Weekend 4.23

16
6946

As Raines loomed over me on Monday, coming in for a morning hug, I was rifling through the “lunchbox” drawer in our kitchen. It’s the one with the assorted water bottles, thermoses, plastic containers, lunch boxes and bento accessories (this set, specifically). Those tiny little round containers are still the best things for packing salad dressing, and who doesn’t like eyes on their burritos? Also, the little animal picks help keep sandwiches together!

But as I’m pulling out — literally this exact lunchbox — I realize that even if I packed it full, it’s barely enough to feed my 14-year-old a snack, much less an entire lunch.

Right on cue, Raines moans, “Moooommmm…breakfast?”

Which, OK. I know he’ll just pick at his breakfast – he’s like his Dad that way. And then he’ll be ravenous at lunch. And I also know, even on a hugely successful lunch day (I don’t bat 1,000 when packing lunches), he’ll be an absolute monster after school, so hungry, in fact, that I’ve had to relax my standards and allow the junkiest of junk foods: chips, M&M’S, and — god — even pop tarts.  

The shame

But frankly, there’s not enough hours in the day for me to make the sheer volume of healthy chocolate chip quinoa nut bars this kid requires. And I know that somewhere, out there in the universe, Toddler Mom Shana is devastated by this news.  

I’M DOING THE BEST I CAN, Toddler Mom Shana! Also, FYI…your whole family hates quinoa.

While I’m reasonably sure that my kids have been growing at some constant, linear rate…it seems like I only notice their sudden growth all of a sudden, in bursts. Their growth is a set of points, firmly fixed in time.  

Like the moment they outgrew their swaddle.

The first time I couldn’t carry them all the way home. 

When their little socks suddenly peeked out of too-short pants, and that one time Raines grew out of his hiking boots, while on a hike, and we had to cut the toes open.

Or, more recently, the house quiet after dinner because both boys are upstairs doing homework.

Now, it’s Raines looming over me in the morning, asking about breakfast in a deep voice, while I stare at a lunchbox I’ve just realized is the same one I’ve been packing him since preschool.

I have an entire drawer dedicated to toddler lunches. How am I just noticing this now?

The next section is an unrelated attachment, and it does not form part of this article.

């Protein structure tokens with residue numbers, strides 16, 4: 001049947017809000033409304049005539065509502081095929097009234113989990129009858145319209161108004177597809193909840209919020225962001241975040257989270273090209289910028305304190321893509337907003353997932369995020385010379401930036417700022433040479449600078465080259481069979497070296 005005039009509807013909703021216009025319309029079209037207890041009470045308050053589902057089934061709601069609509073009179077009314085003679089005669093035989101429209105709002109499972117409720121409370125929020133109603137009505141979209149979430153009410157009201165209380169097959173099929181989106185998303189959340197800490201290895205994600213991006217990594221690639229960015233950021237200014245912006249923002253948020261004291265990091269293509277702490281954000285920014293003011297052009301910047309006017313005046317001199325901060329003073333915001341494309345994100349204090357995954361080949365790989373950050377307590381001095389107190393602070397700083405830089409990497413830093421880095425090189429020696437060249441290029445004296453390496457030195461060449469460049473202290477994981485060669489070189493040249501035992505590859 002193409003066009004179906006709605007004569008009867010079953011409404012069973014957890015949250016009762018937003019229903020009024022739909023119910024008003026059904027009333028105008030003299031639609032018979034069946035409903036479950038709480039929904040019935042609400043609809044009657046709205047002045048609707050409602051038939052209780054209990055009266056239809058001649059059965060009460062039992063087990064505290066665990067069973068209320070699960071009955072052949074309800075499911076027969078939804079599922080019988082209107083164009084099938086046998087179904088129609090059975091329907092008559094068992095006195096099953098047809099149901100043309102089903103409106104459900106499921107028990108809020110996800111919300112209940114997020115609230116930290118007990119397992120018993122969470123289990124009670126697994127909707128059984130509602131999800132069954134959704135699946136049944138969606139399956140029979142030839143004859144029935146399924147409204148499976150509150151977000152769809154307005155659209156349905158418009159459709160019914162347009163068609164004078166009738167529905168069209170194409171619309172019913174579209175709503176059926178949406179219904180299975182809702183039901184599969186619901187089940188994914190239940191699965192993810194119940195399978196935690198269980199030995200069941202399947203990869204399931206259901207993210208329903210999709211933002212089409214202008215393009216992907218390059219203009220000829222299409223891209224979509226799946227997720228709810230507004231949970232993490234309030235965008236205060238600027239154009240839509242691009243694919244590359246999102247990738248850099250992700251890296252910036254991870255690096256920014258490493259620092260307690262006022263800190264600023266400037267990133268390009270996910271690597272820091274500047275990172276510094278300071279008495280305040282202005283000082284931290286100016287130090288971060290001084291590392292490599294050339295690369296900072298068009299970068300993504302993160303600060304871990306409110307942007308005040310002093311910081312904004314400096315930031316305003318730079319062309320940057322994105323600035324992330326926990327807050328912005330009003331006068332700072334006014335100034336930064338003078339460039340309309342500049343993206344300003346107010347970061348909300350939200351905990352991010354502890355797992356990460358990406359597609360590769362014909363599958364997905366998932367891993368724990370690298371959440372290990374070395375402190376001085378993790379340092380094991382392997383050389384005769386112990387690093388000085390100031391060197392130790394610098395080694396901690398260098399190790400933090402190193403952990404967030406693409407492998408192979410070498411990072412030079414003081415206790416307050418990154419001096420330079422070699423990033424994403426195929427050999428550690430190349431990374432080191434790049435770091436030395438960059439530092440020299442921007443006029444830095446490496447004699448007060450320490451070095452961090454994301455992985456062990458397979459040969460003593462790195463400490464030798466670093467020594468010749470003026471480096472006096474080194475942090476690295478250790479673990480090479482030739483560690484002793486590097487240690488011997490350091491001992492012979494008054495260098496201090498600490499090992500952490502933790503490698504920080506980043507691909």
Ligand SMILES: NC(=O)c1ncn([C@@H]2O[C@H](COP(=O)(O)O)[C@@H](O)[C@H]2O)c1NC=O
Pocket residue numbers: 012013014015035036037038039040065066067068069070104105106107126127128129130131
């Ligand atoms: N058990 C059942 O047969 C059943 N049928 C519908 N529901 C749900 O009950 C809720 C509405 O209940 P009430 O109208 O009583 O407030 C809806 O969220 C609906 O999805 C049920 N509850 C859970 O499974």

There was something about that moment: the holding up of the precious, tiny lunchbox, with its cutesy little animal picks, next to my giant man-child, that I found deeply unsettling. 

I only have four years left with this guy. Four. He is my sun and my stars, the kid who taught me how to be a mom. How are we down to just four years?

Later, my youngest, Pax, finds me in his room, sitting on his bed. “Mom?” He asks, tentatively. “You look…sad.”

I hold up a board book that I found in the playroom. Yup — only last year(!!) I relocated the board books from his room into the playroom.  Yet even now, his room is still filled with picture books. Granted, they’re really good picture books (timeless, even), but even little Pax has long moved on to chapter books.

“It’s OK, Mom!” Pax says brightly, instantly understanding what’s going on with his crazy mother. “You can keep your books in my room if it makes you feel better!”

Oh GOD.  

He’s right, though. Those board books…they are mine. Just like the blocks and the toddler dress-up costumes, and the little Safari figurines, all of which are still easily available to all in our…playroom. 

Our virtually unused playroom. It’s more of a mausoleum of Toddler Mom Shana.

I was a really, really good mom of tiny, little, boys. Of colicky unsleeping babies, challenging toddlers and curious preschoolers. I was even a pretty good mom of young boys.

But this mom-of-teenagers thing?  

I don’t know guys. I’m…really struggling. 


First things first: I had picked up some sort of trench/raincoat by Italian brand OOF Wear at Archery Close in Stowe. Taice, the owner, urged me to try it on simply because it looks like a shapeless bag on the hanger…but is actually unbelievably amazing on. Per usual, she was right, and I’ve been wearing the darn thing everywhere (you can actually see it on me, here). I randomly found the trench on Yoox, for almost 60% off and gang: it is WORTH IT. Of course, since that article dropped, this trench is selling out, but if your size is in stock, it’s worth snapping up. Fit is a little big (I’m wearing a size 2, or 38). Actually, Yoox has a pretty great selection of OOF Wear (suuuper hard to find) and this one looks similar to the green jacket we featured on our TikTok channel, @themomeditofficial.

Very French-girl chic. I’m still loving my Freda Salvador cut-out sneakers (a small women-owned business, handmade in Spain), but if you’re interested in a similar style at a lower price point, Lucky Brand has a similar pair that happens to be on sale. (Available at Nordstrom, too.)

Hey, Sailor. I’m thinking that sailor shorts like these miiiight be my jam this summer. I’m clearly not the only one, because they keep selling out. I’ve also found those exact FRAME sailor shorts at Nordstrom and Bloomingdale’s.

Same thing, under $100. If you’re looking to just dip a toe, Anthropologie has a seriously cute pair of sailor shorts, as does Lee. Both pairs are under $100.